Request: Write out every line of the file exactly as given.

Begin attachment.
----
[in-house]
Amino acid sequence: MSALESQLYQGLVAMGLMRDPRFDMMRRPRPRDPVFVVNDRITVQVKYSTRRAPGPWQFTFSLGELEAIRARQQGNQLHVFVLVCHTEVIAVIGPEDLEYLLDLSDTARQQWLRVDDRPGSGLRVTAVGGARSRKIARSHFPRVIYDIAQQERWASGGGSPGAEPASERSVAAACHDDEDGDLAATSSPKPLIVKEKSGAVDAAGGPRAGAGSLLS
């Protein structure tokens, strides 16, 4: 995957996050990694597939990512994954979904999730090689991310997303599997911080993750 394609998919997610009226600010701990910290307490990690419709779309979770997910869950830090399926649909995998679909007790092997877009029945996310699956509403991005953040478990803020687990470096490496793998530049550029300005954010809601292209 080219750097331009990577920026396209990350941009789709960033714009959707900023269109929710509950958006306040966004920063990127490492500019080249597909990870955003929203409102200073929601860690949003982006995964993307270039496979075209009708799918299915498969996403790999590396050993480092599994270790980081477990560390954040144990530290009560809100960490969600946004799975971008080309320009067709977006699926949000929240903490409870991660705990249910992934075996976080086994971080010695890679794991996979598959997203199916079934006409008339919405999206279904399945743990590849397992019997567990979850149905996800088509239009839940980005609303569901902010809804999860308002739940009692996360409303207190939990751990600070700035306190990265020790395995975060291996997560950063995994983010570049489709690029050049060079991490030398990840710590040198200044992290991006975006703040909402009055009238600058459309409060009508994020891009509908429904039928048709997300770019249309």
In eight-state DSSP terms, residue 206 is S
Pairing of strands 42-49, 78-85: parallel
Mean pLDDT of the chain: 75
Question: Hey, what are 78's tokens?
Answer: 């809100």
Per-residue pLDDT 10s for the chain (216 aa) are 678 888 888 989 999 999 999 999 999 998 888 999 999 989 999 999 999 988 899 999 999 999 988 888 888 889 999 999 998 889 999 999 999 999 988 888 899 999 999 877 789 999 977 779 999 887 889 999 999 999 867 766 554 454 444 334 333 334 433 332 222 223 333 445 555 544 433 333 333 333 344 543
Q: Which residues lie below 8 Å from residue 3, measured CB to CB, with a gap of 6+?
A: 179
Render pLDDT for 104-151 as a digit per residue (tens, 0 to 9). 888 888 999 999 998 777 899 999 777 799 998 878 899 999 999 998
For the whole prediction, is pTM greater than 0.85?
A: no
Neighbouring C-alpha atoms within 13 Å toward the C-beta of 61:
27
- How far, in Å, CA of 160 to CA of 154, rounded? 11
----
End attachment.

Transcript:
[in-house]
Amino acid sequence: MSALESQLYQGLVAMGLMRDPRFDMMRRPRPRDPVFVVNDRITVQVKYSTRRAPGPWQFTFSLGELEAIRARQQGNQLHVFVLVCHTEVIAVIGPEDLEYLLDLSDTARQQWLRVDDRPGSGLRVTAVGGARSRKIARSHFPRVIYDIAQQERWASGGGSPGAEPASERSVAAACHDDEDGDLAATSSPKPLIVKEKSGAVDAAGGPRAGAGSLLS
């Protein structure tokens, strides 16, 4: 995957996050990694597939990512994954979904999730090689991310997303599997911080993750 394609998919997610009226600010701990910290307490990690419709779309979770997910869950830090399926649909995998679909007790092997877009029945996310699956509403991005953040478990803020687990470096490496793998530049550029300005954010809601292209 080219750097331009990577920026396209990350941009789709960033714009959707900023269109929710509950958006306040966004920063990127490492500019080249597909990870955003929203409102200073929601860690949003982006995964993307270039496979075209009708799918299915498969996403790999590396050993480092599994270790980081477990560390954040144990530290009560809100960490969600946004799975971008080309320009067709977006699926949000929240903490409870991660705990249910992934075996976080086994971080010695890679794991996979598959997203199916079934006409008339919405999206279904399945743990590849397992019997567990979850149905996800088509239009839940980005609303569901902010809804999860308002739940009692996360409303207190939990751990600070700035306190990265020790395995975060291996997560950063995994983010570049489709690029050049060079991490030398990840710590040198200044992290991006975006703040909402009055009238600058459309409060009508994020891009509908429904039928048709997300770019249309």
In eight-state DSSP terms, residue 206 is S
Pairing of strands 42-49, 78-85: parallel
Mean pLDDT of the chain: 75
Question: Hey, what are 78's tokens?
Answer: 């809100």
Per-residue pLDDT 10s for the chain (216 aa) are 678 888 888 989 999 999 999 999 999 998 888 999 999 989 999 999 999 988 899 999 999 999 988 888 888 889 999 999 998 889 999 999 999 999 988 888 899 999 999 877 789 999 977 779 999 887 889 999 999 999 867 766 554 454 444 334 333 334 433 332 222 223 333 445 555 544 433 333 333 333 344 543
Q: Which residues lie below 8 Å from residue 3, measured CB to CB, with a gap of 6+?
A: 179
Render pLDDT for 104-151 as a digit per residue (tens, 0 to 9). 888 888 999 999 998 777 899 999 777 799 998 878 899 999 999 998
For the whole prediction, is pTM greater than 0.85?
A: no
Neighbouring C-alpha atoms within 13 Å toward the C-beta of 61:
27
- How far, in Å, CA of 160 to CA of 154, rounded? 11